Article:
IIt’s been a little over a year since Gary Neville stated US owner English football clubs “a clear and present danger to the pyramid and fabric of the game”. The comment caused a stir but the former England full-back turned celebrity pundit showed no remorse, insisting that if profit came first, there were important aspects of the role of football clubs that were in danger of being lost .
The problem is obviously not limited to US owners. It is unlikely that someone who is not a fan and takes over a club is acting primarily in the best interests of the community they represent. But considering that half of the 20 Premier League clubs (and seven of the 24 Championship clubs) are partially or fully owned by Americans or US companies, and given the dominance of private equity firms, their only interest short-term gain, this may not be the case. It’s surprising that it was the Americans who drew Neville’s ire, especially given the chaos the Glazer family caused at Manchester United, the club he used to play for .
Saturday’s 1-0 home defeat to Crystal Palace (US-majority Crystal Palace) meant they had lost four of their first seven league games for the first time since 1989/90. That was a season in which Alex Ferguson, apparently sacked in January, led his side to the FA Cup in May, ushering in two decades of extraordinary success. It’s fair to say that no one expects this season to end in a similar way for Erik ten Hag.
The optimism of last season, when Ten Hag, steely-eyed and single-minded, seemed to have the vision to turn the club around, has disappeared. To some extent he has been weakened by events – a series of injuries and the unavailability of Antony and Jadon Sancho, but also the culture at the club has undone him. There has been a lack of investment in the stadium, academy, recruitment department and media facilities, leaving Old Trafford as a shabby landmark of the Glazers’ reign. A lot of money was spent on the players but the now apparently shelved plan to sell the club has dragged on for most of this year and only added to the uncertainty. And the Glazers have been collecting dividends all along, having already saddled the club with interest repayments to pay for their leveraged buyout.
The most common complaint after Neville’s first comment was that fresh thinking from outside sources can be good. That’s true, but not all ideas are created equal. Todd Boehly’s suggestion that the Premier League could learn from US sports and introduce an all-star game was a big red flag for his understanding of football. There are numerous logistical reasons why an All-Star Game is a bad idea, but fundamentally it’s not happening because that’s not how football works. Teams need to be balanced, consolidated and cohered over weeks and months: you can’t just put 11 talented players together and hope for the best – although that explains his transfer policy at Chelsea.
Long-term contracts for young players may make sense in terms of meeting Financial Fair Play regulations through amortization, but they have largely been funded for academy product reasons. Imagine if Mason Mount, Callum Hudson-Odoi, Lewis Hall and Billy Gilmour had not left the club and no more than $1 billion had been spent in the last 15 months: would Chelsea be in a worse position now? It’s true that the underlying data suggests performances weren’t as bad as the results suggest, but more experienced players may not miss as many opportunities. The danger now is that talented young people are being undermined due to the lack of experienced players to guide them.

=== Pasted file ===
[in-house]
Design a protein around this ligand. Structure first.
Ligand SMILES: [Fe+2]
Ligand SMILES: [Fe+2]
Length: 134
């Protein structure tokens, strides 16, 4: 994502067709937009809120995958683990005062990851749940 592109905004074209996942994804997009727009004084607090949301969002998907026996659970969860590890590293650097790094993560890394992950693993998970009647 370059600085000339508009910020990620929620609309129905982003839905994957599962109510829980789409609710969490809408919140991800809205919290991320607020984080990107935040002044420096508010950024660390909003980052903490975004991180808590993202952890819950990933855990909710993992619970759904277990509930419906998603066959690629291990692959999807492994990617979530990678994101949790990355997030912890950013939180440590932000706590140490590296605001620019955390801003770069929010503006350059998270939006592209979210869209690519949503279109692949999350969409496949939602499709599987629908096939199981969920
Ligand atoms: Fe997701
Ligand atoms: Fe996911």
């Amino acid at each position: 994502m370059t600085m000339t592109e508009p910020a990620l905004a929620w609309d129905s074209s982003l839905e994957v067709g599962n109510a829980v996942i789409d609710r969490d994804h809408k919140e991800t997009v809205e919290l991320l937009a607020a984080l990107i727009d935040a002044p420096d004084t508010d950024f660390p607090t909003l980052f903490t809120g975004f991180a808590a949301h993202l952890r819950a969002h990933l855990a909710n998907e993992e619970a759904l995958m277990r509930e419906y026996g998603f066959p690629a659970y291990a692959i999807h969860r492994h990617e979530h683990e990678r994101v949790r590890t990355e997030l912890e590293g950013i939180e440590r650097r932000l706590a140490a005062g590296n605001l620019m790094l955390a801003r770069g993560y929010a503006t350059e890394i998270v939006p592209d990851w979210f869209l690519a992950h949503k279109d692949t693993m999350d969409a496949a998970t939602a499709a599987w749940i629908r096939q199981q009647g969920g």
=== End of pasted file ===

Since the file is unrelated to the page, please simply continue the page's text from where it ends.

There’s a reason no one with a kindergarten has ever won the league. Maybe Chelsea are progressing well, maybe the major disruption will expose the flaws in the team building orthodoxy, but at the moment, as confidence dwindles, they have a squad of anxious players whose value is diminishing week on week.
While Arsenal and Liverpool represent more successful US investments (and 18% of Manchester City is owned by Silver Lake, a US private equity firm), all three of these clubs were quick enough to join the European Super League project to join in 2021, which is rejected by the vast majority of fans. And that’s really the biggest problem.
It’s not just about success. It’s about values, something American soccer fans seem to understand better than American owners. When Ellis Short, an American businessman, owned Sunderland, he not only ran the club so poorly that it was linked to the third division for only the second time in its history, but also reduced support to its charitable arm, the Foundation of Light. Why did he care what the club could do for its community?
Therefore, there is suspicion against every owner from abroad. Even if they know football, which the Glazers and Boehly apparently do not, do they have any sense of the traditions and responsibilities of clubs that are not just businesses but guardians of tradition and social institutions?
This is an excerpt from Soccer with Jonathan Wilson, a weekly look from the Guardian US at football in Europe and beyond. Subscribe here for free. Do you have a question for Jonathan? Email [email protected] and he will provide the best answer in a future edition